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Madison Mikhail Bush: “Know yourself, really, really well”

The pit in your stomach means you’re making moves. The pit in your stomach is here to stay. It means you’re uncomfortable and most likely pushing yourself to keep the pace you know you need to. As a leader, you might naturally believe nothing is ever finished, and your brain is years ahead. You’ll constantly […]


The pit in your stomach means you’re making moves. The pit in your stomach is here to stay. It means you’re uncomfortable and most likely pushing yourself to keep the pace you know you need to. As a leader, you might naturally believe nothing is ever finished, and your brain is years ahead. You’ll constantly be thinking through a million things to do and directions you could take. I sometimes view my brain as a racket ball court that has 75 balls at play bouncing off the walls at all times. Between the chaotic pace of my mind and the pit in my stomach, it’s enough to keep you in bed forever or push you to wake up early and take on the day. You have to decide what it’s going to be. General tips to calming both your stomach and brain: take nothing personally, define (at least) one accomplishment of the day that will help you fall asleep in a good frame of mind, get some sunshine, sweat it out, know the smarter you work — the better you feel, and do something before bed that has nothing to do with work.


As a part of our series about powerful women, I had the pleasure of interviewing Madison Mikhail Bush. Madison is the Founder and CEO of POINT — the easiest way to volunteer, ever. Madison was named one of the Top 10 Entrepreneurs in Columbus for 2018 and she lives between Columbus and NYC with her two giant tortoises.


Thank you so much for doing this with us! Can you tell us a bit about your “backstory”? What led you to this particular career path?

I never really thought of myself as an entrepreneur, and when someone told me I was a social entrepreneur, I had to go to the bathroom and google what that meant. But I’ve always had a knack for seeing something that needed to be fixed and doing something about it. I blame my parents. My dad made me knock on my neighbor’s doors and offer my “lawn mulching skills” at 9 years old. That gave me the confidence to start programs, businesses, or nonprofits whenever I realized there was an opportunity to make something happen to have a positive impact on my community.

While I was in college, I came to the realization that it was easier for me to order ramen at 11 p.m. from my bed than it was to do something good in my own neighborhood. Technology has made it easier to do pretty much everything, but nonprofits are left in the tech stone age. If you have something you care about and you want to help, it’s hard to know where to start. You have to do a ton of googling to find a reliable nonprofit, then call them and coordinate open times just to sign up for a volunteer experience. I wanted to make nonprofit engagement and volunteering easy. That’s why we built an app for people to use as the starting POINT, making it as easy to do good as it is to order an Uber.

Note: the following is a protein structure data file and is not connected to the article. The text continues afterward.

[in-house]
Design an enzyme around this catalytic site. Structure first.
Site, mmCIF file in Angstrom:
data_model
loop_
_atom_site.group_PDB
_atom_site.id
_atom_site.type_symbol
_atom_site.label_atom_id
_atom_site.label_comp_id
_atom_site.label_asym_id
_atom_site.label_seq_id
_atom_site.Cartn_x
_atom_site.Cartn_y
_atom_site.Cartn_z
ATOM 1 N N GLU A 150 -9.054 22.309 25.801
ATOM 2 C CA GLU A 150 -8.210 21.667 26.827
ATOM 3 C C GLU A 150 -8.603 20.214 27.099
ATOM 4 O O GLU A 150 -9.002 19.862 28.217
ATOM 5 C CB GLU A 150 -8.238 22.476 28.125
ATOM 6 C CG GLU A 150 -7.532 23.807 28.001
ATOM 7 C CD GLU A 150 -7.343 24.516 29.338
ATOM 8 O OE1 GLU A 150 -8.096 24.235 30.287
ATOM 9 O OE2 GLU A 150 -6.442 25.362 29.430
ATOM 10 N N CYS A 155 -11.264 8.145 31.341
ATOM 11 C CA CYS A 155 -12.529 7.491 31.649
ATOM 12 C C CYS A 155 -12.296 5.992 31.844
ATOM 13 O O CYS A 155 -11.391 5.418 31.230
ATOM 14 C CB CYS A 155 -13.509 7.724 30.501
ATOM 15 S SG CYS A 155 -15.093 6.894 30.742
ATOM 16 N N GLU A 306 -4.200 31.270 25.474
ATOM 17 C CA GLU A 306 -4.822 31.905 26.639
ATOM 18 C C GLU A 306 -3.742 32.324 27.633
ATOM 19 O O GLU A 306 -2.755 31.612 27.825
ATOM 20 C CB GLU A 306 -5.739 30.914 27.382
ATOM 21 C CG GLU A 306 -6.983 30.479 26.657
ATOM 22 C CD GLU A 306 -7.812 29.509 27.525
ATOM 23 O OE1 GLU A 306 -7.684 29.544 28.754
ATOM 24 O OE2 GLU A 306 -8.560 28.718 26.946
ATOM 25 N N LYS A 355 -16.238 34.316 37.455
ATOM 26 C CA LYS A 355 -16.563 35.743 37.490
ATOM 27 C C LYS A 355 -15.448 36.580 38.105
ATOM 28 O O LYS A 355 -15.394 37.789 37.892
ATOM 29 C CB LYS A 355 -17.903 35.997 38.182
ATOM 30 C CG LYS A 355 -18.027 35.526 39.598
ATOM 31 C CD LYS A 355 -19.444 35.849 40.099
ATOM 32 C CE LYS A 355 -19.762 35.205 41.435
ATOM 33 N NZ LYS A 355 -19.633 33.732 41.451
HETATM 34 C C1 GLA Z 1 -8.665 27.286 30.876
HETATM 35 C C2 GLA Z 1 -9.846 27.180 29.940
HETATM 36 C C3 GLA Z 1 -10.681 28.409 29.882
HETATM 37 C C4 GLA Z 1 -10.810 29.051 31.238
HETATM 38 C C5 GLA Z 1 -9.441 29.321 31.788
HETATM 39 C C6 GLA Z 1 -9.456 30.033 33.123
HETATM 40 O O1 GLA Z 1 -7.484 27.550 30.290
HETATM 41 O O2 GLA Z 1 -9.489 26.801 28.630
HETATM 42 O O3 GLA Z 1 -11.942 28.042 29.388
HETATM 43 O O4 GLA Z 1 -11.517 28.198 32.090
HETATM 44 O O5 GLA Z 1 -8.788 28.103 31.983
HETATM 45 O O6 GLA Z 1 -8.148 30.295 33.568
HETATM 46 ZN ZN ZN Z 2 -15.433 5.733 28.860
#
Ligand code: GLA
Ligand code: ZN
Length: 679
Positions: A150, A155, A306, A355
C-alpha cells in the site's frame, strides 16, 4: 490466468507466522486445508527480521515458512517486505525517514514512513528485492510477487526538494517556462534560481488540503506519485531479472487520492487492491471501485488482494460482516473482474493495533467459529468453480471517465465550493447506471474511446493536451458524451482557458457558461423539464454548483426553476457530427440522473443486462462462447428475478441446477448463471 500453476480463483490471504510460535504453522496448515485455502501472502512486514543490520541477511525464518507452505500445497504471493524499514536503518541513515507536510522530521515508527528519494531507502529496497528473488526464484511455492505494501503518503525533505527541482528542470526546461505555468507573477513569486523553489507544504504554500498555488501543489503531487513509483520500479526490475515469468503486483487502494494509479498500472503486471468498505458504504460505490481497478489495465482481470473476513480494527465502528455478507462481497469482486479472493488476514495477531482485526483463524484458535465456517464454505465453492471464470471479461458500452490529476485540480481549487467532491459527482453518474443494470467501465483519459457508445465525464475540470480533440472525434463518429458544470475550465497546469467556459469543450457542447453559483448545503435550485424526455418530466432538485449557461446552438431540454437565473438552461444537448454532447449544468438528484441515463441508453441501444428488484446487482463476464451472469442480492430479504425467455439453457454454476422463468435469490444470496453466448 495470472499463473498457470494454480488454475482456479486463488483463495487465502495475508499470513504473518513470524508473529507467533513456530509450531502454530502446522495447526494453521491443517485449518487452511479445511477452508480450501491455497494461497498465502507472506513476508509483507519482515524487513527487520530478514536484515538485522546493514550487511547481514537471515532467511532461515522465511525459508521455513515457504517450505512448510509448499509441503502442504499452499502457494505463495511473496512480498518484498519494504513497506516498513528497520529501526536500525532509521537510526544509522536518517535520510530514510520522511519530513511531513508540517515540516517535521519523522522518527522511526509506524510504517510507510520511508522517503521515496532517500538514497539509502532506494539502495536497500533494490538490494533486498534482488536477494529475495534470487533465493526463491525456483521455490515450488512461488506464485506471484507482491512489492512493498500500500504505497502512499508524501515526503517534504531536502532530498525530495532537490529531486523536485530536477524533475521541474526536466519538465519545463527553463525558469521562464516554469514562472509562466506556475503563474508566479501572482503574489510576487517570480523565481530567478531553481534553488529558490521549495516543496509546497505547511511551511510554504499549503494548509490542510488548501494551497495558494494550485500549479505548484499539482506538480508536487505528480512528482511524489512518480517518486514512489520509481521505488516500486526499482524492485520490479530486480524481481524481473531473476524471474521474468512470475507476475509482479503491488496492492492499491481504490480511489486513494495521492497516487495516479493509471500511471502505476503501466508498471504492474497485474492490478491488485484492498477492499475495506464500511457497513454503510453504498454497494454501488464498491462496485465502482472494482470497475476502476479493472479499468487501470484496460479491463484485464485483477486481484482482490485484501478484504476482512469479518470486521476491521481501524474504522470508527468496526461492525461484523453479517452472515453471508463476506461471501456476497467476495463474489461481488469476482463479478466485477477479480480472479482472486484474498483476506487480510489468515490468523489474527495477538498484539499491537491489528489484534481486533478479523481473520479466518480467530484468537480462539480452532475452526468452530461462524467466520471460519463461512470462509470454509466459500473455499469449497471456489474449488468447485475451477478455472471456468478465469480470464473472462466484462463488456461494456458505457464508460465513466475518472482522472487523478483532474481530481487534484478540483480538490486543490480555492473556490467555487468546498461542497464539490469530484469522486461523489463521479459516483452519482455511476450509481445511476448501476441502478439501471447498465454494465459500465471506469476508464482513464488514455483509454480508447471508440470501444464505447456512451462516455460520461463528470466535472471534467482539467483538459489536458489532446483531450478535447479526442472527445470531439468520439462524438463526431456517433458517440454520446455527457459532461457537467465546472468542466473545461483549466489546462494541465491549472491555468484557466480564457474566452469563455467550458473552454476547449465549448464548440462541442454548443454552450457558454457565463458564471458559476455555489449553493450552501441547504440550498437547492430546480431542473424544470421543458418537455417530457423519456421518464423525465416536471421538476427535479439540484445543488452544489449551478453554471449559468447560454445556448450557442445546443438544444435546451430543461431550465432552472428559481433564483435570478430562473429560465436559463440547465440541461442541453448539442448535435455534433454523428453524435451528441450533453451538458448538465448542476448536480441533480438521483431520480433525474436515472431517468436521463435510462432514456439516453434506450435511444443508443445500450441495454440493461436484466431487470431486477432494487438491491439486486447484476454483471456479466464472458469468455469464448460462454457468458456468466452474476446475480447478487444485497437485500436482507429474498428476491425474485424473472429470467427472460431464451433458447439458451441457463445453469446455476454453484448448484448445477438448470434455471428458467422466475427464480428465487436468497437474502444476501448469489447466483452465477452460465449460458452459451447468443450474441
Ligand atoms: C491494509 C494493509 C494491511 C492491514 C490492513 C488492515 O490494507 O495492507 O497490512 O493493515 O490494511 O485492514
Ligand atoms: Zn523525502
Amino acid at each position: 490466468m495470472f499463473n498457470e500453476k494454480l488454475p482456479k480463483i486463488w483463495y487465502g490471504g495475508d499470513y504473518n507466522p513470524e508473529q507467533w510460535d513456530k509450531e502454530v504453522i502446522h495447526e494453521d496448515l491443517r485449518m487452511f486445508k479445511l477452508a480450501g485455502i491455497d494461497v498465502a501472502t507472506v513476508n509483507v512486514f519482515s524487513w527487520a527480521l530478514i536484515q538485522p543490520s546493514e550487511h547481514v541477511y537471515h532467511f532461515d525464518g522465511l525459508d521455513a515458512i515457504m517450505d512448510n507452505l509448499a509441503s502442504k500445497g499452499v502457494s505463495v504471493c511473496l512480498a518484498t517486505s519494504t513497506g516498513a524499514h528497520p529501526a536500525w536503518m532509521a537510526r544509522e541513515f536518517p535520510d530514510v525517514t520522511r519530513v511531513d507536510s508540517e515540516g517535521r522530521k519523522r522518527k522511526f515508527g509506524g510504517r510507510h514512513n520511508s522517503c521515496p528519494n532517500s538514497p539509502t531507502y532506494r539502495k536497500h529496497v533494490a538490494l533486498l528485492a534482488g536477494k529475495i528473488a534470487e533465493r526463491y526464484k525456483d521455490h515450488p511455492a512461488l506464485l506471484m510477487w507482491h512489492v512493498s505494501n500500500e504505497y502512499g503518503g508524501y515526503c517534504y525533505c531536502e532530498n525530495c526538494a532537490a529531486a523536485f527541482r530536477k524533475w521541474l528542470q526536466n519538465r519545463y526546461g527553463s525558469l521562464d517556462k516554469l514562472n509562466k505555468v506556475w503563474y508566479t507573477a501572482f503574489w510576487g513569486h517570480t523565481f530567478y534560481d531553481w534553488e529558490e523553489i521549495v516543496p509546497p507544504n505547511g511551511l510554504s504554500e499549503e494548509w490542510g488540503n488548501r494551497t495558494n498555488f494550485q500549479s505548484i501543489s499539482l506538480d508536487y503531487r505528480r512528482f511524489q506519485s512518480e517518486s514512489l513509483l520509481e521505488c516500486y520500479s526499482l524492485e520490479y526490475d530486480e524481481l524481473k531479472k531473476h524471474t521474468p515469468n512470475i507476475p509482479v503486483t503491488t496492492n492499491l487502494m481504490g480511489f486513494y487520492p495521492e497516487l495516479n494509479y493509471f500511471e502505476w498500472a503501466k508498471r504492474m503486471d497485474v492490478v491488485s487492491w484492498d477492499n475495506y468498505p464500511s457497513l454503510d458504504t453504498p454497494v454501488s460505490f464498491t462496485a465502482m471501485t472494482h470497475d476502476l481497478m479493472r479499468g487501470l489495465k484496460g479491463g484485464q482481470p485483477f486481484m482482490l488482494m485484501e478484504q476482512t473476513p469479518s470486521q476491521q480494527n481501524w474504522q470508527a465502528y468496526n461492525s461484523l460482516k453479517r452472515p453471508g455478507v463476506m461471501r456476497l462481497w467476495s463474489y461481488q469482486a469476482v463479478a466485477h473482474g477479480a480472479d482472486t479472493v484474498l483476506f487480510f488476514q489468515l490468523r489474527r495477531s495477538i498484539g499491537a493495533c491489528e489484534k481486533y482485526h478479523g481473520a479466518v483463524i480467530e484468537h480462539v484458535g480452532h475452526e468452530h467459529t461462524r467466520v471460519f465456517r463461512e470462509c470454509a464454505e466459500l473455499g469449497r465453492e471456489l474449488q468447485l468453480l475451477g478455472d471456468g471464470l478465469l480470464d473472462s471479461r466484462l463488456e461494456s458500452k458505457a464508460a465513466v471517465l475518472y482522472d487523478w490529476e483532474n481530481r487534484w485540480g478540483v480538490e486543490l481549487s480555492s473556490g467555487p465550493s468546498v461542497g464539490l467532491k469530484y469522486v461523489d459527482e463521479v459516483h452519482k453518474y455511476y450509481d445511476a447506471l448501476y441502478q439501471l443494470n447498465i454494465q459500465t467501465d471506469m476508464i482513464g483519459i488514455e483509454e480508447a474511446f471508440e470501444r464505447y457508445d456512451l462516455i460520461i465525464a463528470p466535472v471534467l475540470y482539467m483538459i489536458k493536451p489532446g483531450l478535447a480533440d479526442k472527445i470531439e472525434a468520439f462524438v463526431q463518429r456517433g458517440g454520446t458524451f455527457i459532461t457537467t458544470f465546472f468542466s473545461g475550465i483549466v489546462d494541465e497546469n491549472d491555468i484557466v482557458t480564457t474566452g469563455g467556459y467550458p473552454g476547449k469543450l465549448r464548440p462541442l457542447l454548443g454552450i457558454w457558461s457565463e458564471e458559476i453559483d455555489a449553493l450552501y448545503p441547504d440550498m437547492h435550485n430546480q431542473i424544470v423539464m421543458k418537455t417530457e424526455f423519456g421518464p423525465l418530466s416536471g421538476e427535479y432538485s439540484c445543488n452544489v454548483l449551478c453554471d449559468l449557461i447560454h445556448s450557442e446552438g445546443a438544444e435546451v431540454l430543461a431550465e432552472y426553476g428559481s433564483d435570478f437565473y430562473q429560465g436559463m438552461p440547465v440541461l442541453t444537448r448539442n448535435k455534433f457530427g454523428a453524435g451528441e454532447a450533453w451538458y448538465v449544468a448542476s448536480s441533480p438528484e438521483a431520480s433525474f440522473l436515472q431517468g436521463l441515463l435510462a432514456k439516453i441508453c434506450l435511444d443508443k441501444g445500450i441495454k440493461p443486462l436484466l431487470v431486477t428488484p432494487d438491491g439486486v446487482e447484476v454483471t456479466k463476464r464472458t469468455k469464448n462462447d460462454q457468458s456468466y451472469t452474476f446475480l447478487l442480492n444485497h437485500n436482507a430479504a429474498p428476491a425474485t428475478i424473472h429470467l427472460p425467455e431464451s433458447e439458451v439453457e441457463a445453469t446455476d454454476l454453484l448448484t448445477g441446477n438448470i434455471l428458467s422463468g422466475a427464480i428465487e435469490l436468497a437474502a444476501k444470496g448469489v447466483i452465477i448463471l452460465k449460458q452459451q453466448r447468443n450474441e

Can you share the most interesting story that happened to you since you began leading your company?

I full-on slammed into the Founder and CEO of Twitter and Square *facepalm*. We had an advisor who worked at Twitter, and as I was walking back to the headquarters from grabbing lunch, I accidentally ran into (read: body checked) another person. I looked up, embarrassed, and it was Jack freaking Dorsey. He dropped a bunch of things, and instead of apologizing and helping, or offering to buy him a coffee and get some advice, I just froze and stared at him then speed walked away.

Can you share a story about the funniest mistake you made when you were first starting? Can you tell us what lesson you learned from that?

My CTO, Alex, and I were working on push notifications for POINT. Writing isn’t either of our strong suit, but our Director of Communications wasn’t available so we wrote the notification ourselves. Turns out we pushed a notification with several grammatical errors to thousands of people — including “there’re” which isn’t a word. Almost immediately our users started DM’ing us, and I fell on the ground laughing. We sent out a second push notification asking for people to come teach us grammar. It ended up being a good laugh for everyone, but now we know to never publish anything without having someone else look it over.